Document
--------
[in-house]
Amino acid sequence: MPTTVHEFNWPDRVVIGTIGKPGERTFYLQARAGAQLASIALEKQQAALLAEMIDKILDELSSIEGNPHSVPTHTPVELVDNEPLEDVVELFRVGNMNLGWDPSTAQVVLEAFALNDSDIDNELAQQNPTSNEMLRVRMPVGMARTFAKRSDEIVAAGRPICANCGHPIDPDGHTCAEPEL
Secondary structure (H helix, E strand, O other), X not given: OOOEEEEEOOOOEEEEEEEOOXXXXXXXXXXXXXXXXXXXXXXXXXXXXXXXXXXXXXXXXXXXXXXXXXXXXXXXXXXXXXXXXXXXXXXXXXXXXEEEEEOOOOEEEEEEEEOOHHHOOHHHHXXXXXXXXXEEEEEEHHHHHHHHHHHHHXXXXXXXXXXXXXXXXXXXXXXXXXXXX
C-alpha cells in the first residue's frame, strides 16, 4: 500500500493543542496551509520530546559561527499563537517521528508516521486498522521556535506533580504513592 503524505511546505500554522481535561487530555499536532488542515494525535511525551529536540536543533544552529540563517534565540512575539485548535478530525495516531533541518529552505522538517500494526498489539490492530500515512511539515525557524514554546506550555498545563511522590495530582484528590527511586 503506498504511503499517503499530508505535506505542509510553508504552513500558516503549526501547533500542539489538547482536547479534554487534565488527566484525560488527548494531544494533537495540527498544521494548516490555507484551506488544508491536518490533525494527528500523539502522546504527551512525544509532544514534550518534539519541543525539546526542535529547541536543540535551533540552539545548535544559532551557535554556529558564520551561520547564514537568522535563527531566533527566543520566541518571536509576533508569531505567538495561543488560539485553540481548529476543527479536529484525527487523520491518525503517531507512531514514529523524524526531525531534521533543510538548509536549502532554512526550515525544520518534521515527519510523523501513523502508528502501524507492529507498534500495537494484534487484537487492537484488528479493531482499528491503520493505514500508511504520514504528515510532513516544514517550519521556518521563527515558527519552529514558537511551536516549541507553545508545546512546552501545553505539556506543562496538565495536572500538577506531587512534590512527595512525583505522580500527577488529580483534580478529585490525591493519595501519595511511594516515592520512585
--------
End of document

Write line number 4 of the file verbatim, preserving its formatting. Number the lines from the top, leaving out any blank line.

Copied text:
C-alpha cells in the first residue's frame, strides 16, 4: 500500500493543542496551509520530546559561527499563537517521528508516521486498522521556535506533580504513592 503524505511546505500554522481535561487530555499536532488542515494525535511525551529536540536543533544552529540563517534565540512575539485548535478530525495516531533541518529552505522538517500494526498489539490492530500515512511539515525557524514554546506550555498545563511522590495530582484528590527511586 503506498504511503499517503499530508505535506505542509510553508504552513500558516503549526501547533500542539489538547482536547479534554487534565488527566484525560488527548494531544494533537495540527498544521494548516490555507484551506488544508491536518490533525494527528500523539502522546504527551512525544509532544514534550518534539519541543525539546526542535529547541536543540535551533540552539545548535544559532551557535554556529558564520551561520547564514537568522535563527531566533527566543520566541518571536509576533508569531505567538495561543488560539485553540481548529476543527479536529484525527487523520491518525503517531507512531514514529523524524526531525531534521533543510538548509536549502532554512526550515525544520518534521515527519510523523501513523502508528502501524507492529507498534500495537494484534487484537487492537484488528479493531482499528491503520493505514500508511504520514504528515510532513516544514517550519521556518521563527515558527519552529514558537511551536516549541507553545508545546512546552501545553505539556506543562496538565495536572500538577506531587512534590512527595512525583505522580500527577488529580483534580478529585490525591493519595501519595511511594516515592520512585